Jalal Din had had enough and he started arguing with the soldiers. “I told them I had seen him enter the camp,” Jalal Din says. “This angered them and more soldiers came out of the camp with sticks. They told us to go to the dokhas, adding ‘If you don’t find Nasrullah there, then do whatever you wish.’”

Indeed, they found Nasrullah lying on ground next to his dokha, “half dead”. It was nine in the evening.

They lifted him on their shoulders and trekked down to the health center in Sogam village. The doctors, seeing his condition, referred him to the SMHS Hospital in Srinagar. From there, he was shifted to the Sher-i-Kashmir Institute of Medical Sciences, where he is now being treated for kidney failure. He is on dialysis and remains critical.

His family has sold their cow to raise money for his treatment, and taken loans.

Nasrullah’s face and body is visibly bruised from torture by the army. “They tried to kill me but they can’t silence me,” he says, speaking slowly through pain and muted screams. “When I went to make the entry in the camp register, they told me to wait for a while,” he says. The Major wanted to speak with him, he was told.

“I went inside to meet the Major without any hesitation. There they told me to sit on a bench inside a barrack. A doctor checked my blood pressure and asked why I was nervous. Within minutes, the Major came and asked politely, ‘Son, tell me truth, we have information that on 27th of this month, militants came to your house.’”

Nasrullah denied the allegation. “They started beating me with bats and wickets while five to six men sat on me. Feeling helpless, I accepted the allegation. I said yes, militants came to my house but when they stopped beating me, I again told them the truth and they resume the beating,” he says. He was also hit with belts and seel strings.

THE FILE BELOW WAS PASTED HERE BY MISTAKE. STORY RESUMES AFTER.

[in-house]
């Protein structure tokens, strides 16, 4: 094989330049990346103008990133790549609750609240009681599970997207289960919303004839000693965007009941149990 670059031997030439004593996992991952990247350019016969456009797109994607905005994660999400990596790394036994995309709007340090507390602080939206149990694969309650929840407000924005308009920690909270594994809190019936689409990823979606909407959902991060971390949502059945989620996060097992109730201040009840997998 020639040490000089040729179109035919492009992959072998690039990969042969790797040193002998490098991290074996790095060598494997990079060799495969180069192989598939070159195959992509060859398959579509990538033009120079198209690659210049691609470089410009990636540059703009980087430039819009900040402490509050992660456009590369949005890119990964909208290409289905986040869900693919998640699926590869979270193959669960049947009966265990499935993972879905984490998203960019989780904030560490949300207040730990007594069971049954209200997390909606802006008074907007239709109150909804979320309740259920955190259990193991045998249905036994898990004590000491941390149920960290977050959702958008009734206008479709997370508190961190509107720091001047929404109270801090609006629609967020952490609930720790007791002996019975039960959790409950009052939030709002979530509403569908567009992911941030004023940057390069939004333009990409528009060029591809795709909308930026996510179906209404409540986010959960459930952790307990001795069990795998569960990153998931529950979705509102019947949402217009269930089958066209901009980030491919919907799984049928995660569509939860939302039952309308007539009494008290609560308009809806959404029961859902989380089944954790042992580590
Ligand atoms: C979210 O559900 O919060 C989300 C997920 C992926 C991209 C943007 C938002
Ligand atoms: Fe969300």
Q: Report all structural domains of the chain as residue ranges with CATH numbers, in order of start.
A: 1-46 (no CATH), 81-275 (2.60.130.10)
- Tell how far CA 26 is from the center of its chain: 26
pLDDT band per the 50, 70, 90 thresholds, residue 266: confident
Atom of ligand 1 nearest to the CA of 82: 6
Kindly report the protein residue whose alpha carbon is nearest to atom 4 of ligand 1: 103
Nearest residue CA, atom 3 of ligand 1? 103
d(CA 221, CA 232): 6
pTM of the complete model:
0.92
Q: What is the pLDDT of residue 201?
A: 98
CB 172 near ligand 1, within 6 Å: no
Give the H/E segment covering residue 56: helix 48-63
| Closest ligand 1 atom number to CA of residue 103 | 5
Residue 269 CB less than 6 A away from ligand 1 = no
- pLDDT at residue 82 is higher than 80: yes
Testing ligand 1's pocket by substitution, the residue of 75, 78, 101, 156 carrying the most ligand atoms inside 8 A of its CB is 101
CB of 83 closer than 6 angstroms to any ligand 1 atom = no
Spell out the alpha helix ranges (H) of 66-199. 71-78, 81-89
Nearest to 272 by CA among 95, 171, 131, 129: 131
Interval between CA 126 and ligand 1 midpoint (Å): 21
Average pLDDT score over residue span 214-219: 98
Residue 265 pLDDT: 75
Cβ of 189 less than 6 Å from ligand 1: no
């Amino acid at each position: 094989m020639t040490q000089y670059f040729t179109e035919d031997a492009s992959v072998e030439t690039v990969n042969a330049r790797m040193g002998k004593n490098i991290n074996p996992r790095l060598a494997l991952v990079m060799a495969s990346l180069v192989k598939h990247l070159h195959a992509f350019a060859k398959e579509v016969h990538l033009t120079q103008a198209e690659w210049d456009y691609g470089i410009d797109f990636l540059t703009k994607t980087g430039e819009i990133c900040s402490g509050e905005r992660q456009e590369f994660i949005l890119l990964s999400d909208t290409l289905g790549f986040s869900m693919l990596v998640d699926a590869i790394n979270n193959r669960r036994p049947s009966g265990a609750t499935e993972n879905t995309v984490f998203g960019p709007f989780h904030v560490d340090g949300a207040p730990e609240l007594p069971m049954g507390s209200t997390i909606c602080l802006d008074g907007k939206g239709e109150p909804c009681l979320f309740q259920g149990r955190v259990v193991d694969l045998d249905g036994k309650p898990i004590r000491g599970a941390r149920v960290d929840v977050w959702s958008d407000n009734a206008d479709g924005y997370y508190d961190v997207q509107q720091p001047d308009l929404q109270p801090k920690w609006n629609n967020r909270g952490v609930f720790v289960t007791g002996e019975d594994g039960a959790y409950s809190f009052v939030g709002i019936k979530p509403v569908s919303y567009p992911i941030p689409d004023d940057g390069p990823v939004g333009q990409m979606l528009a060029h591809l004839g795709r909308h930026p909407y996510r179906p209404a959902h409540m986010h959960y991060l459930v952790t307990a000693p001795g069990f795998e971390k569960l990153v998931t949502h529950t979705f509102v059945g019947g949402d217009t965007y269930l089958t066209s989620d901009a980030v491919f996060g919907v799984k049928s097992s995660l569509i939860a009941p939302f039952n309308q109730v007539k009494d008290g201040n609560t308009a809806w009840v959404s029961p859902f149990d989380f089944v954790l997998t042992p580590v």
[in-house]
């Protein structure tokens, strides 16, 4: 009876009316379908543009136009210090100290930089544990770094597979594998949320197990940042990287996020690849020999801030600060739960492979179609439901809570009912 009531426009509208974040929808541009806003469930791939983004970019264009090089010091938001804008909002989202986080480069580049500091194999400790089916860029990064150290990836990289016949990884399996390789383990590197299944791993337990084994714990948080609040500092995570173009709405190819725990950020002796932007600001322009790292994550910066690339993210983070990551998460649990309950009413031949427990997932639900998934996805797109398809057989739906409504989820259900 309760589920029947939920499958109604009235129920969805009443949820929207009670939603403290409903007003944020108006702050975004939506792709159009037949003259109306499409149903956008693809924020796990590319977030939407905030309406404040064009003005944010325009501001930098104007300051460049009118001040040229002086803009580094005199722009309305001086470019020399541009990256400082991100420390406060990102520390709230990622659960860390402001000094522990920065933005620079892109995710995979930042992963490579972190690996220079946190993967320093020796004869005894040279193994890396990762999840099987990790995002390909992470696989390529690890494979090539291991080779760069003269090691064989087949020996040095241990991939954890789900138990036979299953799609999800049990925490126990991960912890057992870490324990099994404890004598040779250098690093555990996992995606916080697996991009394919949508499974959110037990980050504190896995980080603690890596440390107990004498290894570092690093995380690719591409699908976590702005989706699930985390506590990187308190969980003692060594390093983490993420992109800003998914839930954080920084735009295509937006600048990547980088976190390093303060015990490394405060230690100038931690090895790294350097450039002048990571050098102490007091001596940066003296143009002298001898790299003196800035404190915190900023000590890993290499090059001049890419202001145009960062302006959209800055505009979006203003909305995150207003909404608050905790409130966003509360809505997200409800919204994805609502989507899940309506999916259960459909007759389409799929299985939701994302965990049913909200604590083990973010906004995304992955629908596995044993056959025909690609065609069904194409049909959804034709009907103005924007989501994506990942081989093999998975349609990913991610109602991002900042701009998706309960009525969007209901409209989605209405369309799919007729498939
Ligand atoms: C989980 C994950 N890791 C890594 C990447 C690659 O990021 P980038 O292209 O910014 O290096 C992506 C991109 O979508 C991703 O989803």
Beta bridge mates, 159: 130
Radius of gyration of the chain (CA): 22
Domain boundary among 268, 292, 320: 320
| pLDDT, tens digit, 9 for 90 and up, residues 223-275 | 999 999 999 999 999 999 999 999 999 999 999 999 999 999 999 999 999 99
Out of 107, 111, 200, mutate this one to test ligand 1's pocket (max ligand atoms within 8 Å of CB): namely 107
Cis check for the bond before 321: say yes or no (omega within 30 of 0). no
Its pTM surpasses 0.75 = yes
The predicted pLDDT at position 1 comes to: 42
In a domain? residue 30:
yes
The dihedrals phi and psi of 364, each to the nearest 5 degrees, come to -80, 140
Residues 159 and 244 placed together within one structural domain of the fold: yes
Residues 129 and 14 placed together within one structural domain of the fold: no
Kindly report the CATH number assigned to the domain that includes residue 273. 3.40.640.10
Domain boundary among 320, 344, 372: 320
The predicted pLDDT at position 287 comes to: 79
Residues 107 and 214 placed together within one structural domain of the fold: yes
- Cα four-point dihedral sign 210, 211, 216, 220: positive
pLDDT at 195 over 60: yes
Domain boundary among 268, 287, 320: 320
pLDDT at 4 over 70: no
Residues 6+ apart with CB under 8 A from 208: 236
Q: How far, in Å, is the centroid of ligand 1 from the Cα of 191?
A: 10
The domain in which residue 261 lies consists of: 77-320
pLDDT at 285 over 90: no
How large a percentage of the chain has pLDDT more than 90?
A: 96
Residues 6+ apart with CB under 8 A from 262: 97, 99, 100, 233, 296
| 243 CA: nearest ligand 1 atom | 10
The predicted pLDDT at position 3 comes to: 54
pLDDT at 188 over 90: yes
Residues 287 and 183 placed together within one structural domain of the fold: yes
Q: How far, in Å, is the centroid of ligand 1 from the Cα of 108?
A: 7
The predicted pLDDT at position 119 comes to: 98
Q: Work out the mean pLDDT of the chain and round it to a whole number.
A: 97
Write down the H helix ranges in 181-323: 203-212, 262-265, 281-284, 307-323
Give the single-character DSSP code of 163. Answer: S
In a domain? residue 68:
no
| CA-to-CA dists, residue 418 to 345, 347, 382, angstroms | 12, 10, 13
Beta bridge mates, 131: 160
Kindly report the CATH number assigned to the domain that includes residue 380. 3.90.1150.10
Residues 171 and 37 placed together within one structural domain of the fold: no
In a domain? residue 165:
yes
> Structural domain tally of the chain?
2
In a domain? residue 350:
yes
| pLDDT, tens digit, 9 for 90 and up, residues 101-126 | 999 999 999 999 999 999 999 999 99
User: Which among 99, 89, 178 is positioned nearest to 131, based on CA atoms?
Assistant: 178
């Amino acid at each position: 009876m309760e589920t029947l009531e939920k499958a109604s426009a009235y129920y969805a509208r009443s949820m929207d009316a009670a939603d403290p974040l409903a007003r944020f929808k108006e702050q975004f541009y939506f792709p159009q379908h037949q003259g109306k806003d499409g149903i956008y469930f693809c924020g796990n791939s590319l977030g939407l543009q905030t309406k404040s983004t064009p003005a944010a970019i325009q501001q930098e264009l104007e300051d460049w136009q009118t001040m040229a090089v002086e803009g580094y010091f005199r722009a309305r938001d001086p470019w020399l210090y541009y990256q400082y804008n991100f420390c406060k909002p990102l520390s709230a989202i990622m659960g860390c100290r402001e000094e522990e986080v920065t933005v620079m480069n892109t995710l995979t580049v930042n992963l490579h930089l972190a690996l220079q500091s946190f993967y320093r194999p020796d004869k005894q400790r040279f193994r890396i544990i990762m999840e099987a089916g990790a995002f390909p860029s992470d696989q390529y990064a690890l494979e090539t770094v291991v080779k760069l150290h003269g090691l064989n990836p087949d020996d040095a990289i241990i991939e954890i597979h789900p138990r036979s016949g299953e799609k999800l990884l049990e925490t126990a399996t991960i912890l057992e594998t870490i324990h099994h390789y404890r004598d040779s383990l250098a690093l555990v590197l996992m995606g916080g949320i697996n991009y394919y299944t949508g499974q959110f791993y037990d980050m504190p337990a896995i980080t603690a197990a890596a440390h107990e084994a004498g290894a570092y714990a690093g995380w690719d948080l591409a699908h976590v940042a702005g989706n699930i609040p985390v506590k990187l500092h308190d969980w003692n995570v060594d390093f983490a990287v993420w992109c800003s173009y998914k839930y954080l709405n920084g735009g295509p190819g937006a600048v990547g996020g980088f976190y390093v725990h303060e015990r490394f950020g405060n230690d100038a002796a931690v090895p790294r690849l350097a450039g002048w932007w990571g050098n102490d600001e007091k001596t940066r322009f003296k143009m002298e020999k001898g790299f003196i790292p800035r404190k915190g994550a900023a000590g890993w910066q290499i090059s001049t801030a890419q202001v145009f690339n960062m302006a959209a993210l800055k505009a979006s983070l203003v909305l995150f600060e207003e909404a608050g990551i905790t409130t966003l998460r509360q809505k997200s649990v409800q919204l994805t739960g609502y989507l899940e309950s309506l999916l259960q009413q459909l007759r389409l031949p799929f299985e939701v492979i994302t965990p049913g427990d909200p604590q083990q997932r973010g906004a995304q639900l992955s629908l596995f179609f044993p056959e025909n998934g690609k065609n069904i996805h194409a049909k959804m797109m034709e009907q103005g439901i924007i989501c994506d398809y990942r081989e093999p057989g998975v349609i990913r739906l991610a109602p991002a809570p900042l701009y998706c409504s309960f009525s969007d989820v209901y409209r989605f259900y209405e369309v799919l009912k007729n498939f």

After beating him ruthlessly, Nasrullah says, the soldiers left, leaving him crumpled on the floor. Through the open door, he heard cries of Manzoor, and a voice telling him: “Nasrullah has told us that militants visited your dokha on 27th of this month.”

There was a short pause. “Then, I heard Manzoor screaming ‘Oh Khudaya’ three time,” Nasrullah says, battling his breath. “Then there was silence.”

The soldiers returned, tightened a rope around Nasrullah’s neck and beat him again.

Nasrullah says he lost track of time. “Two men came, lifted me and started walking, my feet dragging along the ground. I was lifeless.” They left him outside his dokha.

More than two weeks on, there is no trace of Manzoor. The police apparently searched the garrison but did not find him. After the villagers protested, the army’s Chinar Corps commander Lt Gen JS Sandhu visited them. The army has since claimed that a joint enquiry team of senior police and army officials is investigating the matter.

At Manzoor’s home, his parents are in shock. “Is there a possibility he is badly injured from torture and is being treated in some army hospital?” his brother Jameel asks, more in despair than in hope.

Jameel says his brother is “a polite man who would shiver if someone rebuked him. He was suffering from heart problems.”

Manzoor is a small-time walnut trader. He is engaged to be married next month.

Tariq Ahmad Khan runs a grocery outside Manzoor’s house. They are friends. “We will never ever go into the camp for entry now,” he declares. “If they will kill us, let them.”

Manzoor’s family is related to the state law minister Abdul Haq Khan. It is on his assurance that the villagers are waiting for the result of the investigation. Otherwise, they say, they would have attacked the camp.

A few houses away, Tawheeda says he would trade her right to justice for her father for Manzoor, hoping, apparently, that he is still alive. “I will not complain why they beat my father, just let them return Manzoor,” she says. “You know, his mother will die otherwise.”